Road to recovery
by Senior Airman Juanika Glover
Dealing with a life-threatening illness like cancer can be a long and stressful journey, but the American Cancer Society has an all-volunteer program designed to help cancer patients get on the road to recovery.
Unfortunately, the program is currently suffering from lack of volunteers and the ACS is calling on Team MacDill for help.
"Many cancer patients receiving chemotherapy and radiation treatments are too weak to drive themselves to their doctor's appointments. Also many live alone or don't have family close by to help them and that's where the Road to Recovery program comes in," said Chris Hubbard, ACS patient service representative.
"The purpose of the Road to Recovery program is to provide cancer patients with transportation to and from their scheduled medical appoints," Ms. Hubbard said. "The volunteer drivers donate their time and personal vehicles to help patients get the lifesaving treatment they need."
Right now there are about 20 volunteers for the Tampa and Brandon area combined, but they need about three times that amount, she added.
The program works on a simple process: A patient who needs transportation calls the ACS to notify them that they need a ride to their appointment. The ACS works with a road coordinator who in turn contacts a team of volunteers to see who is available to take the call.
Volunteers for the program must possess a valid driver's license, car insurance and a clean driving record," Mrs. Hubbard said. Volunteers will also go through an hour and a half training session. To volunteer for the Road to Recovery program, call the ACS at 254-3630.
"In an effort to make the process easier for the patient and volunteer, the ACS also tries to keep volunteers from having to go outside of their zip code," Mrs. Hubbard said. "However, because we're so short on drivers, it doesn't always happen."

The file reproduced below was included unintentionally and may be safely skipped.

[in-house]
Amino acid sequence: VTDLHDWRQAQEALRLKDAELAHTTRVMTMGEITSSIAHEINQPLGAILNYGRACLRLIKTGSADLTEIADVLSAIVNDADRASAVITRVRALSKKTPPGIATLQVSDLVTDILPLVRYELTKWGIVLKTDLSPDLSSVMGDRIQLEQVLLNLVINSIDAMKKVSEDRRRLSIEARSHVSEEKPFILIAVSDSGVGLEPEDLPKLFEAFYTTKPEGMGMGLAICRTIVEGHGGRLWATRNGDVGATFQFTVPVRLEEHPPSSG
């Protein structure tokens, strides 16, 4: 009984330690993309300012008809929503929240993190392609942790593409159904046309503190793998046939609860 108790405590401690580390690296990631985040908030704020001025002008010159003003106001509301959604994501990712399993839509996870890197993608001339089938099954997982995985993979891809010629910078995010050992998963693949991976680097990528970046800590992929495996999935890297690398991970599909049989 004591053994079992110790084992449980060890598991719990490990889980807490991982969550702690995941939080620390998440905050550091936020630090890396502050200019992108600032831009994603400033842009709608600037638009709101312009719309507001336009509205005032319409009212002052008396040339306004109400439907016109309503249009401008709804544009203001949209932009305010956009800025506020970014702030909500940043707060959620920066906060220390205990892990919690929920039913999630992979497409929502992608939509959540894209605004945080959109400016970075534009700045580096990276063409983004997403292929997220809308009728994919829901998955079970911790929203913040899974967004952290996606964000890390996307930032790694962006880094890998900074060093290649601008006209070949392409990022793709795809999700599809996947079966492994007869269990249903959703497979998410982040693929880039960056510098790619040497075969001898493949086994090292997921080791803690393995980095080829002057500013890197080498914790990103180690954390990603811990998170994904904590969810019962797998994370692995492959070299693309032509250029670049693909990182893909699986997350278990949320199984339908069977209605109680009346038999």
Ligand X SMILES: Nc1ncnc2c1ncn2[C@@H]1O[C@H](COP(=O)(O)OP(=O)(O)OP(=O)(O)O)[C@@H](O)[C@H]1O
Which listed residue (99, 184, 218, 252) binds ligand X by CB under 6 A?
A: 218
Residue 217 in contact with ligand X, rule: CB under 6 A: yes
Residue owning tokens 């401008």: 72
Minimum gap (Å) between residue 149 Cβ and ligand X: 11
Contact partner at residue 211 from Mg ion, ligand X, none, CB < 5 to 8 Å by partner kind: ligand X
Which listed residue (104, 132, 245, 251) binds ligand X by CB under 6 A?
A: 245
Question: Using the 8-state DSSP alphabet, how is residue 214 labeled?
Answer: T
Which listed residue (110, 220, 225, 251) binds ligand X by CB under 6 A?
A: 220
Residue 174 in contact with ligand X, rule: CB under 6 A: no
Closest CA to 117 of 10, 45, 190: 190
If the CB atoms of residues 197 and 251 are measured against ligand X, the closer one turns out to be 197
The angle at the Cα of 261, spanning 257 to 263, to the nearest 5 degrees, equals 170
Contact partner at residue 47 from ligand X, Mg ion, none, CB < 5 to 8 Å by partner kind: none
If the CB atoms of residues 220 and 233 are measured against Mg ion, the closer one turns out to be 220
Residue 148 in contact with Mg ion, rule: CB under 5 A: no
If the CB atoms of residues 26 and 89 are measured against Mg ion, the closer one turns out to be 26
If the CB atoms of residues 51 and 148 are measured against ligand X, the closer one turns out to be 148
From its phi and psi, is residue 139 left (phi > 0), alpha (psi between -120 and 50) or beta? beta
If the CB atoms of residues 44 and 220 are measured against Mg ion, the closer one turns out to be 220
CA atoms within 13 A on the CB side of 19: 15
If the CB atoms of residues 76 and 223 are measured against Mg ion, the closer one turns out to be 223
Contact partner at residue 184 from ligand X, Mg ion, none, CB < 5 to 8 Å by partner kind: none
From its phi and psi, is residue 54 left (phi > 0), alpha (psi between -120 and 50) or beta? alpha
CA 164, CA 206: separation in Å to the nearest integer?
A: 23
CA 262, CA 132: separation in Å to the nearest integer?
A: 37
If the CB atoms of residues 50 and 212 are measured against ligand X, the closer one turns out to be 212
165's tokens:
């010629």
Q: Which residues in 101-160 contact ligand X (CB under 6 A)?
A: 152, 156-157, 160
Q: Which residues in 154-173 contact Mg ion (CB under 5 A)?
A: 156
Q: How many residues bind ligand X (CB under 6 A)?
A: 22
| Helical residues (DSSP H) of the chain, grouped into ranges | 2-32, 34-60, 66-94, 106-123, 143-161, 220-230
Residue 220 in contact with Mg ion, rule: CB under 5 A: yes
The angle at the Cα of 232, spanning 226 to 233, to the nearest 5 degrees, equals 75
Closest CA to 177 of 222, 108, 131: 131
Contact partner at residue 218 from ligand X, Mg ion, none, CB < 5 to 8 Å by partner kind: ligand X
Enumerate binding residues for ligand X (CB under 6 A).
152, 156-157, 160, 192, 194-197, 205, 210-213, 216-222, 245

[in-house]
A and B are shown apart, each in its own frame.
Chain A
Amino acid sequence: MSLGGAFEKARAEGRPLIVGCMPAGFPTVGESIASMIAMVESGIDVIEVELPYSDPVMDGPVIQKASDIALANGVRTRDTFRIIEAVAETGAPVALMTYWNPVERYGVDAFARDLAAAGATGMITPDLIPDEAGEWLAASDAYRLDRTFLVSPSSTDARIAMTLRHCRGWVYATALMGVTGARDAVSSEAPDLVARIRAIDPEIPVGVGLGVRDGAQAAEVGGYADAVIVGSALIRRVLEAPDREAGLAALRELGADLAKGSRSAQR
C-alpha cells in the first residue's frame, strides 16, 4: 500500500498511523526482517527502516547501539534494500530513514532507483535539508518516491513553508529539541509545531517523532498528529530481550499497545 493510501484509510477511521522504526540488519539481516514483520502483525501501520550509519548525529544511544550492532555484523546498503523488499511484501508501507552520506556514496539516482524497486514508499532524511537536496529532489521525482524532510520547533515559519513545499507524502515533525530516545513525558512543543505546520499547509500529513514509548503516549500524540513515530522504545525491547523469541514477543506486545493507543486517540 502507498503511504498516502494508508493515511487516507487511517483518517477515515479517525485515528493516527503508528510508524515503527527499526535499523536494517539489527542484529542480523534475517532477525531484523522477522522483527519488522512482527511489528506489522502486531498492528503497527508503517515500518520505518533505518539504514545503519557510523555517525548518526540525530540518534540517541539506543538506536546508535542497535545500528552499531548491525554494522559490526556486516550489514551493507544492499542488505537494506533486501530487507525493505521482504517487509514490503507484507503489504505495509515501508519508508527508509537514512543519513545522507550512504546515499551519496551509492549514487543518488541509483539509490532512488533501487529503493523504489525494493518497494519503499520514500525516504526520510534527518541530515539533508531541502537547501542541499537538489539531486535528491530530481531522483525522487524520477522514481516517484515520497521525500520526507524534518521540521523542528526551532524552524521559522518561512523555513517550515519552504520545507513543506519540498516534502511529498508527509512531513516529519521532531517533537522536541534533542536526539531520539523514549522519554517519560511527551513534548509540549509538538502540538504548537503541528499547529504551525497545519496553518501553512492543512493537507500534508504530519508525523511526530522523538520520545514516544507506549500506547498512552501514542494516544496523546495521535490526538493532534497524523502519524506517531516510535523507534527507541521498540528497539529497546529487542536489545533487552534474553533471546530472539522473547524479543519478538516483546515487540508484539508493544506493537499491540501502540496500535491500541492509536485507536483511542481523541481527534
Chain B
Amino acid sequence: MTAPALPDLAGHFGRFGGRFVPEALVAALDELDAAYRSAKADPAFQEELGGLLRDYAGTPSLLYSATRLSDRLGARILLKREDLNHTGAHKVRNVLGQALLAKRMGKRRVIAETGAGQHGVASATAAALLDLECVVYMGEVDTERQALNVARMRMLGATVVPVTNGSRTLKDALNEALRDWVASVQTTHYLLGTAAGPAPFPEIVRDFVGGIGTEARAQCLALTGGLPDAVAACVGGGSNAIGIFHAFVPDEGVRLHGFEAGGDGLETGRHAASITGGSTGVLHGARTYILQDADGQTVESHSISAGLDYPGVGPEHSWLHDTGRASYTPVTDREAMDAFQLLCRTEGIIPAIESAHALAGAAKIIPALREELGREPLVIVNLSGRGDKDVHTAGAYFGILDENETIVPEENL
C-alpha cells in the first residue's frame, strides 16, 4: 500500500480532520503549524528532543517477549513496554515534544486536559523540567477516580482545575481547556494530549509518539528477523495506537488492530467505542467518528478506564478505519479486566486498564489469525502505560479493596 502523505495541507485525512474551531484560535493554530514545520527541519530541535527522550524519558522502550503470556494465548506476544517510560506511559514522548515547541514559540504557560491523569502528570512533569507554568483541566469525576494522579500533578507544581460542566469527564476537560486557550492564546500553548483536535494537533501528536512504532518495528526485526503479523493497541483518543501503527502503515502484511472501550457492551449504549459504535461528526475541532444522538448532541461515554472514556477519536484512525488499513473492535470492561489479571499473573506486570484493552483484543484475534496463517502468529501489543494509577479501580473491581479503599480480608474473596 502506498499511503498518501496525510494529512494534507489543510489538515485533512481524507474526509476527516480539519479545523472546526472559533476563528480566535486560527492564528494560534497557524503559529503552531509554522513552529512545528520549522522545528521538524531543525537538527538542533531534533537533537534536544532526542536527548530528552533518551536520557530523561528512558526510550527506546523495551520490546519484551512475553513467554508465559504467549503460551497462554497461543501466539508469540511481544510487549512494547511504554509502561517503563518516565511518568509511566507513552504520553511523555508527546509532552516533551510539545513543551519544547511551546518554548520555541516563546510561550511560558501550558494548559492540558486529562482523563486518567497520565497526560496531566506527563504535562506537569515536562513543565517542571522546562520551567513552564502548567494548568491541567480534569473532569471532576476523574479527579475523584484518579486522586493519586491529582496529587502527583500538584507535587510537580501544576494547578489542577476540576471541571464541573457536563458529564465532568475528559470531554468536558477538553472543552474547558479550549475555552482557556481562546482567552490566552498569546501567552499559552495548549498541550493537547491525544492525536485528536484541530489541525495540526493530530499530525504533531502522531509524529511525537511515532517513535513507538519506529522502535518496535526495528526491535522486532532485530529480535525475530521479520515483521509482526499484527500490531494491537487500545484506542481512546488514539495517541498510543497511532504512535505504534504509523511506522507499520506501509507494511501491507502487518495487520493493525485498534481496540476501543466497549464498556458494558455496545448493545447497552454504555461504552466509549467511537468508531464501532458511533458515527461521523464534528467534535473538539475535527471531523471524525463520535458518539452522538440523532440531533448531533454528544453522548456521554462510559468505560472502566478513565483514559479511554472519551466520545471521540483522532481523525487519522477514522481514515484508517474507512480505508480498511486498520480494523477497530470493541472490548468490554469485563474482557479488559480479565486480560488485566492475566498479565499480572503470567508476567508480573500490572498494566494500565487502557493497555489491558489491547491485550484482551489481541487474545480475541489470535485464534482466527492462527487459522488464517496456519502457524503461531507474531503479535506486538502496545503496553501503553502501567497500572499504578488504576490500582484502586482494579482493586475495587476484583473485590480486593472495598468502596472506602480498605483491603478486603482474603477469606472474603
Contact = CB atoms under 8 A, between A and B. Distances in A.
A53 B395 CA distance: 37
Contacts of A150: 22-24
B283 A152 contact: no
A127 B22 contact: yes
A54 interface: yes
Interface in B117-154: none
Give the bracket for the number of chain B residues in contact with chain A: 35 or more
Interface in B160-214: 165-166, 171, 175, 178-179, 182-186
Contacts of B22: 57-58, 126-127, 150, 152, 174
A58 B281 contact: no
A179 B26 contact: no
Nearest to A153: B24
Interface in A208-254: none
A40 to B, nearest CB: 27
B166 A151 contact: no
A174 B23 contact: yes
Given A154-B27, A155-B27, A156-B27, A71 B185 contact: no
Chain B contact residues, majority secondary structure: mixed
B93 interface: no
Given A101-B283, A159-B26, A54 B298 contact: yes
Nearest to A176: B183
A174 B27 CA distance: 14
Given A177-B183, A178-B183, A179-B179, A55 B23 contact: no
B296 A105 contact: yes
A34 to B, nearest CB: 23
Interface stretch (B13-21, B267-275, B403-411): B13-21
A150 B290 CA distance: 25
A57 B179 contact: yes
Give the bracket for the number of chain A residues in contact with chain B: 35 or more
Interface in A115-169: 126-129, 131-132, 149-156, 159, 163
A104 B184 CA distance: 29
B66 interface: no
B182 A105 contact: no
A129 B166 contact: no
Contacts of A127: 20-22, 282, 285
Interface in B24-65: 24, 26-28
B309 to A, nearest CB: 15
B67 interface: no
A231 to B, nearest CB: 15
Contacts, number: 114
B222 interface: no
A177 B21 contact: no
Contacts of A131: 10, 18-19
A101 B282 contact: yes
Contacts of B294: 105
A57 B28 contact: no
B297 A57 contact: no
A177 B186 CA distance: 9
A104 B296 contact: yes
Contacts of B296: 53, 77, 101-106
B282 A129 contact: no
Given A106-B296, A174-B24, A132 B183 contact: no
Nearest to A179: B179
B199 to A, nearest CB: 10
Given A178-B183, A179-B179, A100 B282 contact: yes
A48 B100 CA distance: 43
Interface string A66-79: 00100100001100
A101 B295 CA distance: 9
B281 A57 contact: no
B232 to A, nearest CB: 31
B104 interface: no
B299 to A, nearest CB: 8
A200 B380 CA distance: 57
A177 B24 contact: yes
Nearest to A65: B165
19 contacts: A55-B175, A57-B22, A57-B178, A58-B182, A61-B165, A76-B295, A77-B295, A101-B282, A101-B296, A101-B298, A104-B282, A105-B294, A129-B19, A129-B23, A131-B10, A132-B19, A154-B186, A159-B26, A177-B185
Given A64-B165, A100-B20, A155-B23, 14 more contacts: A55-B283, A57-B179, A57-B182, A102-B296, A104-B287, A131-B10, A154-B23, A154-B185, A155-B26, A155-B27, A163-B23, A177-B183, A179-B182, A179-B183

For those worried about insurance issues, the American Cancer Society provides liability insurance for the patient and volunteer to cover any accident expense if an accident occurs during the transport of a patient.
After seeing an article in a local newspaper, retired Air Force Col. Peter Ryner answered the call for help and now works as a road coordinator.
"I started volunteering because I had a lot of time on my hands and I wanted to do something helpful. I chose the Road to Recovery program because it's very flexible," Colonel Ryner said. "It's a beneficial program for both the volunteer and the patients. The volunteer is not stuck on a tight schedule. We have some volunteers who only drive every now and then but we have others who drive as much as five times a week."
"I'm glad to be doing what I do," Colonel Ryner said. "There's always something new plus I've made a few friends along the way."The more help we can get the better," he added. "I know gas prices are high right now, but now is the time when (cancer patients) need us the most."
Thanks to the many volunteers who have already given their time to the ACS, cancer patients are not alone in their battle. And people wishing to do something positive can join the force of volunteers who are already helping people on the road to recovery